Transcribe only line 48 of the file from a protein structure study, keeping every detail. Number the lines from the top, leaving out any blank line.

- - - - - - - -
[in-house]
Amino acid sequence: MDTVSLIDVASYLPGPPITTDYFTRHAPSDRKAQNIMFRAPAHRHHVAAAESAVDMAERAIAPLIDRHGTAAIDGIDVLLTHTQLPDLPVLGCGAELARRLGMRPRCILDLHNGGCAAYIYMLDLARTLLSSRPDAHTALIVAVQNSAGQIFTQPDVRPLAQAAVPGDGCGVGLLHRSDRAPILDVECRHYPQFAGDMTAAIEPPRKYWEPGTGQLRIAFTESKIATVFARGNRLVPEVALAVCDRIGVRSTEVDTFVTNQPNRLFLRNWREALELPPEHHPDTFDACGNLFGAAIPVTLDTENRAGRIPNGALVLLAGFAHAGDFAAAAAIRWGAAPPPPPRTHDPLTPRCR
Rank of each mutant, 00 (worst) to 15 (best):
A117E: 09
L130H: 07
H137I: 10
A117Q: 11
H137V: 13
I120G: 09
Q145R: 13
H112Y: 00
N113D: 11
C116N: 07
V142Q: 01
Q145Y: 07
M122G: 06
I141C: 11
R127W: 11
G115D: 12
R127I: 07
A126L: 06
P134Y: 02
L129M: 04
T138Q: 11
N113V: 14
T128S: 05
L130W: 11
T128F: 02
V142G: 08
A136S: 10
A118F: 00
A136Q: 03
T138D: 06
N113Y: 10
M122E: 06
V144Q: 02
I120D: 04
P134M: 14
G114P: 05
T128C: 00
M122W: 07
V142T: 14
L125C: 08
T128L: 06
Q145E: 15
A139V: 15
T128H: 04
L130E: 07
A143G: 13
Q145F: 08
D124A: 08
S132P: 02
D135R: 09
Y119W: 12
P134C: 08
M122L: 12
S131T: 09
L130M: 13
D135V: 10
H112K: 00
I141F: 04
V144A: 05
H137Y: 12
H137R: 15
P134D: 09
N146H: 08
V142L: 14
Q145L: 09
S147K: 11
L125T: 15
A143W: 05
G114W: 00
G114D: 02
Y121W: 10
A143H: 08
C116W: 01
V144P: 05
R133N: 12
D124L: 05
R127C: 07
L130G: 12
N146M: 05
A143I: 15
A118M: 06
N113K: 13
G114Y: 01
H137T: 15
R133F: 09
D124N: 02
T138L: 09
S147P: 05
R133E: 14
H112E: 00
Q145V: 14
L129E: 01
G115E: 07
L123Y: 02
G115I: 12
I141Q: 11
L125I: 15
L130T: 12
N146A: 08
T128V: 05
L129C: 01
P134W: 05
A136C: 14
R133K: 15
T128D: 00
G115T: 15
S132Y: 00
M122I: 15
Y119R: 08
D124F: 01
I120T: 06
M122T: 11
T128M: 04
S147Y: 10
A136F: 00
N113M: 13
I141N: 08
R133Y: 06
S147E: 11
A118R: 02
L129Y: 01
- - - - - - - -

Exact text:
L130E: 07